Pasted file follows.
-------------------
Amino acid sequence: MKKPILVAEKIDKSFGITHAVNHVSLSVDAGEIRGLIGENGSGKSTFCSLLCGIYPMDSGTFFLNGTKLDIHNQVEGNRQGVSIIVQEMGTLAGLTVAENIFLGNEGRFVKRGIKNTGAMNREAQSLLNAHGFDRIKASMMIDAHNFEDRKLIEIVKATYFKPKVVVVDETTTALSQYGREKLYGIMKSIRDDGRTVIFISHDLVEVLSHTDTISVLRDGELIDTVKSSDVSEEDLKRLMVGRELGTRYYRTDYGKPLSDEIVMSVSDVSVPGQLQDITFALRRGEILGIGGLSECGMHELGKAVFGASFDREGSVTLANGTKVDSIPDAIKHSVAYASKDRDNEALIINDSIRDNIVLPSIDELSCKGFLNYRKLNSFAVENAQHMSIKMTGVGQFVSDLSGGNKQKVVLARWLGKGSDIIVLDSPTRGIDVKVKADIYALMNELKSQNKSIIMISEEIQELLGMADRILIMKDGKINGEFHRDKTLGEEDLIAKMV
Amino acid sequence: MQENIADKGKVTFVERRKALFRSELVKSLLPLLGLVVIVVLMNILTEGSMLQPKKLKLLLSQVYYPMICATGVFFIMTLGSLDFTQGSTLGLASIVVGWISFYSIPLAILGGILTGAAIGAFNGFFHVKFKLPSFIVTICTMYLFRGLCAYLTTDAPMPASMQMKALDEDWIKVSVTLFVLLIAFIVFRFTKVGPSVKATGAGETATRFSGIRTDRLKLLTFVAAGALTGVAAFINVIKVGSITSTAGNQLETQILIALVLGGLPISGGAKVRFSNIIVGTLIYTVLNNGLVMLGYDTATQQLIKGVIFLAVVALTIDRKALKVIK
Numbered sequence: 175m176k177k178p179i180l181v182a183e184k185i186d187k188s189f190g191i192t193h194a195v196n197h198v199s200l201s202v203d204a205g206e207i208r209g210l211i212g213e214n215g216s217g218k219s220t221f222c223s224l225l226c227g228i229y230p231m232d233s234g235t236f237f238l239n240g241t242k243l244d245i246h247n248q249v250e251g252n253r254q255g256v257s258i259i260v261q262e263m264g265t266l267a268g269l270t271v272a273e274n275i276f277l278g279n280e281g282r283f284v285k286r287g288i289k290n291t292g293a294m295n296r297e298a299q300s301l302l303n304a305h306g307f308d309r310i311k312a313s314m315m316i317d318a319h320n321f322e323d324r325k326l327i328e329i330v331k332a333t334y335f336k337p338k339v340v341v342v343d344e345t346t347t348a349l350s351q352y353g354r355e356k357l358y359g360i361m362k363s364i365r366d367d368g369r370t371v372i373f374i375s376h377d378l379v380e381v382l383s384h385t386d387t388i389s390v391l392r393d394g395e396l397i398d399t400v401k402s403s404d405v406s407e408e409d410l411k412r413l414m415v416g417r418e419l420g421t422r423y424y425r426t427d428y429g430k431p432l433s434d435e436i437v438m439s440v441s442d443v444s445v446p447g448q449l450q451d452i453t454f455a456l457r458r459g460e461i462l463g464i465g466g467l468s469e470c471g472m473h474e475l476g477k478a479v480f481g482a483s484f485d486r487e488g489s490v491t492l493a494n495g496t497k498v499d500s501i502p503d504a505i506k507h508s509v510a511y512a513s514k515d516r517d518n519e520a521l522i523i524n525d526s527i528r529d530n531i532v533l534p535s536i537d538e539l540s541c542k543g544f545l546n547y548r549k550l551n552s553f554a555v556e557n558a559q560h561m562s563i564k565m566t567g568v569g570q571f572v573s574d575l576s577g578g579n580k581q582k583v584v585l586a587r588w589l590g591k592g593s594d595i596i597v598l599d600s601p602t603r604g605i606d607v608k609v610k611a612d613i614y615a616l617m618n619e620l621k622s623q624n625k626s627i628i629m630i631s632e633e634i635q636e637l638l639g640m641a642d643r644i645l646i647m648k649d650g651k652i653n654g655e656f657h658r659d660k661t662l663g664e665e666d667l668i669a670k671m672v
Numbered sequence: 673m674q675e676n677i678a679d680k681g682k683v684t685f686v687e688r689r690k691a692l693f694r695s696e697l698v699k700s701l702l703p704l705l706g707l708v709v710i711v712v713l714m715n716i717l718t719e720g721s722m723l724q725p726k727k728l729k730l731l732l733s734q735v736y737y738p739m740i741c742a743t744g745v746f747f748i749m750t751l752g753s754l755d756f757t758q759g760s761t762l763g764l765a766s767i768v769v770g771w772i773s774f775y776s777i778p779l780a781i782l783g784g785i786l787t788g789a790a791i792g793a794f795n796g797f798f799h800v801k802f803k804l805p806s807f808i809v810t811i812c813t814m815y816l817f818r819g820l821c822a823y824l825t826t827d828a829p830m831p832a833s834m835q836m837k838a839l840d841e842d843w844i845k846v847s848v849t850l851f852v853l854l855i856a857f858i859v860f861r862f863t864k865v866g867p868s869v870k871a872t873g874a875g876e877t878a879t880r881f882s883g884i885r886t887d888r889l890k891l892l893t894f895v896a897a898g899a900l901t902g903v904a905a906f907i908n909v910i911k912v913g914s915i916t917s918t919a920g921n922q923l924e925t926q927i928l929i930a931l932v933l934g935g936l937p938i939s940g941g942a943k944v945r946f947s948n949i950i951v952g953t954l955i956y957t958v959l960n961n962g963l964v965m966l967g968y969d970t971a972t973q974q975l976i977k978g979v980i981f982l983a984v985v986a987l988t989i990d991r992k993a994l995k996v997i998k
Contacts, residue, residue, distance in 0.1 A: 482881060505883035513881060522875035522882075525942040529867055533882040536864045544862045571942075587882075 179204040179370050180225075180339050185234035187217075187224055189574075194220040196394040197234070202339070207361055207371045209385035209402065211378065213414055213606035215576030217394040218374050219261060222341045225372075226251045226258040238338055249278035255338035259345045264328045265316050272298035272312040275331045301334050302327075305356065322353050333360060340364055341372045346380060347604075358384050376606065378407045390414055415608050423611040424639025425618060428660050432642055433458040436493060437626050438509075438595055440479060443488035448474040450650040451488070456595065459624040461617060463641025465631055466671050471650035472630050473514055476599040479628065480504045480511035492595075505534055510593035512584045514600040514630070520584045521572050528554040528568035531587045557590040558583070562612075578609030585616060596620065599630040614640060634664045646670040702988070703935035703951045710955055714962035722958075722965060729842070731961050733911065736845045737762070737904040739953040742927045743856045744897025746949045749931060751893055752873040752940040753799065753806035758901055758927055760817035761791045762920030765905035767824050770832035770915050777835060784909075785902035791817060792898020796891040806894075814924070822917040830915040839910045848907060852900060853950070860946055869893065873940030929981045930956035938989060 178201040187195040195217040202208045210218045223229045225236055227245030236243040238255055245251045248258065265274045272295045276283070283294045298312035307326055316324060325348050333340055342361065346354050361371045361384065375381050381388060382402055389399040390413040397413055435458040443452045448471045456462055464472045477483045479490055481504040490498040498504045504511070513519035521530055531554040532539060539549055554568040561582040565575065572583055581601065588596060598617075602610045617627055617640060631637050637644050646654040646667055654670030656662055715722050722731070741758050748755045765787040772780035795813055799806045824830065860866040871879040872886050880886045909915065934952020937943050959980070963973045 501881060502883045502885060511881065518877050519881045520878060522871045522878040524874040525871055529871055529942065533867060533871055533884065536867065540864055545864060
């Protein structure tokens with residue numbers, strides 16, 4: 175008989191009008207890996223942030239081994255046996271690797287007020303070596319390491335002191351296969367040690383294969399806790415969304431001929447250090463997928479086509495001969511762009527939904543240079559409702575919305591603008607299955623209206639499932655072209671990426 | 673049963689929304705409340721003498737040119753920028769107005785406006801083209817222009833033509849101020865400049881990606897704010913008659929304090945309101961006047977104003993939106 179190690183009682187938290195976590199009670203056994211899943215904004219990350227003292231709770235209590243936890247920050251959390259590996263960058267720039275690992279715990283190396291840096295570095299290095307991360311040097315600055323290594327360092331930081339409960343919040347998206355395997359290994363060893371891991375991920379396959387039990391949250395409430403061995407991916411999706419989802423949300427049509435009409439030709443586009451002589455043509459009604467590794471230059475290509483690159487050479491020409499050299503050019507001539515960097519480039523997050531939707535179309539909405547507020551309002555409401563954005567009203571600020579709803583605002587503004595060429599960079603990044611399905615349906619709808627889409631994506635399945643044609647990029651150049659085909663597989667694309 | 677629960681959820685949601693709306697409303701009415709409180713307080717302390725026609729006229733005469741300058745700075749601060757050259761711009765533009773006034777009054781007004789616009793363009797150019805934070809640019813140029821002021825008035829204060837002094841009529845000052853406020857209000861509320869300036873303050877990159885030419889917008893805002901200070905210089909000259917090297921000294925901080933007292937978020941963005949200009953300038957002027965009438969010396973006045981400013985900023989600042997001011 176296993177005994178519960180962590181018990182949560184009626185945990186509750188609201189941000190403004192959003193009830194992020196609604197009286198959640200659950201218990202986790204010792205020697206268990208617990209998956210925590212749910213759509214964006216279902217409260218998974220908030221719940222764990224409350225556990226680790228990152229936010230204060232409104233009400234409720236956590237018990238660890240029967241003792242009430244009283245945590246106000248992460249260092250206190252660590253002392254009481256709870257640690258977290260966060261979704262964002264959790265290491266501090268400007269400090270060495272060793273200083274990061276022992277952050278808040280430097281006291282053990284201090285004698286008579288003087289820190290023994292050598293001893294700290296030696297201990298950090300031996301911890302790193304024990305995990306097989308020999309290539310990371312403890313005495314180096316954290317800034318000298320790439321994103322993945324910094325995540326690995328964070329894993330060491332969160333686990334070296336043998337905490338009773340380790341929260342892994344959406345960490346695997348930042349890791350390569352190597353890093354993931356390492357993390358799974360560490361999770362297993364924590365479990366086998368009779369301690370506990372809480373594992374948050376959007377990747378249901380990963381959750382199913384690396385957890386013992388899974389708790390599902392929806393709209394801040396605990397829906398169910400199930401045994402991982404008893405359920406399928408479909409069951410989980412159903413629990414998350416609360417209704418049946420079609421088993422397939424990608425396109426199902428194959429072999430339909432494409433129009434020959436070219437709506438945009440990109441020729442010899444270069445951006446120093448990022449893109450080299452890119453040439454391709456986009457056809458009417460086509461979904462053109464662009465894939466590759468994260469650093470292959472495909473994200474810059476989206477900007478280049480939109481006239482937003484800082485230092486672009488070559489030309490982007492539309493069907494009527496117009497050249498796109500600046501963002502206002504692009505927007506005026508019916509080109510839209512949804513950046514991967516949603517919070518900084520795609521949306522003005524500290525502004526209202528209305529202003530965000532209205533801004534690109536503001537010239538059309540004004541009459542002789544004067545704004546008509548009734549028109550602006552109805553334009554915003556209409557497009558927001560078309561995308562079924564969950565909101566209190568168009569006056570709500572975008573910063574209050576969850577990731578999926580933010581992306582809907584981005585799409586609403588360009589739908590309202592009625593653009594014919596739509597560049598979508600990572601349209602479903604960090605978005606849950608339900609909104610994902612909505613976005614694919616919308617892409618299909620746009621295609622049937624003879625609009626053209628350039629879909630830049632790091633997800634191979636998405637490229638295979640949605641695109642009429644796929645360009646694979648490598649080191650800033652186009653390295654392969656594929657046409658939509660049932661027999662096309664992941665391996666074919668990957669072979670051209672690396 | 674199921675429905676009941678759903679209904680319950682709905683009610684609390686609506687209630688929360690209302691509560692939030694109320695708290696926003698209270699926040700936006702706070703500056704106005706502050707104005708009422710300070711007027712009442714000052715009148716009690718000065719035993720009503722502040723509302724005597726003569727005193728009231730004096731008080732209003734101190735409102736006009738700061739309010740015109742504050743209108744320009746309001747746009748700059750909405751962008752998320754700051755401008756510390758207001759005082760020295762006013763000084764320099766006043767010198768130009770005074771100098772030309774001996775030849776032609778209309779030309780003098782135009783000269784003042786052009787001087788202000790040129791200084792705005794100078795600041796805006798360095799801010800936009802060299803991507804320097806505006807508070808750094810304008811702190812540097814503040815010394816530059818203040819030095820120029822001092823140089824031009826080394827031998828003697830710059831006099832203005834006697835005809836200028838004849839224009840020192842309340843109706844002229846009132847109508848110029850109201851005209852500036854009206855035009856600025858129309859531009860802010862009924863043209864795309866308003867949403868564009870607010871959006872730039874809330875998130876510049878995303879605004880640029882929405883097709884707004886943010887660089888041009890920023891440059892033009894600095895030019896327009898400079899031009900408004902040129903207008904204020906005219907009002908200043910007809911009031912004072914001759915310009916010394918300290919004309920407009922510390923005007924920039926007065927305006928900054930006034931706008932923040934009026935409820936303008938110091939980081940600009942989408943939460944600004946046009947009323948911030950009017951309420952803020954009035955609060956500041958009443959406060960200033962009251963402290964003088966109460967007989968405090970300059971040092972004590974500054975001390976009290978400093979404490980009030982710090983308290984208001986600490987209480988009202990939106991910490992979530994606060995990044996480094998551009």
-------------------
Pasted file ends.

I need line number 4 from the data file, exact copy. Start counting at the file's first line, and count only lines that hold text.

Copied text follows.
Numbered sequence: 673m674q675e676n677i678a679d680k681g682k683v684t685f686v687e688r689r690k691a692l693f694r695s696e697l698v699k700s701l702l703p704l705l706g707l708v709v710i711v712v713l714m715n716i717l718t719e720g721s722m723l724q725p726k727k728l729k730l731l732l733s734q735v736y737y738p739m740i741c742a743t744g745v746f747f748i749m750t751l752g753s754l755d756f757t758q759g760s761t762l763g764l765a766s767i768v769v770g771w772i773s774f775y776s777i778p779l780a781i782l783g784g785i786l787t788g789a790a791i792g793a794f795n796g797f798f799h800v801k802f803k804l805p806s807f808i809v810t811i812c813t814m815y816l817f818r819g820l821c822a823y824l825t826t827d828a829p830m831p832a833s834m835q836m837k838a839l840d841e842d843w844i845k846v847s848v849t850l851f852v853l854l855i856a857f858i859v860f861r862f863t864k865v866g867p868s869v870k871a872t873g874a875g876e877t878a879t880r881f882s883g884i885r886t887d888r889l890k891l892l893t894f895v896a897a898g899a900l901t902g903v904a905a906f907i908n909v910i911k912v913g914s915i916t917s918t919a920g921n922q923l924e925t926q927i928l929i930a931l932v933l934g935g936l937p938i939s940g941g942a943k944v945r946f947s948n949i950i951v952g953t954l955i956y957t958v959l960n961n962g963l964v965m966l967g968y969d970t971a972t973q974q975l976i977k978g979v980i981f982l983a984v985v986a987l988t989i990d991r992k993a994l995k996v997i998k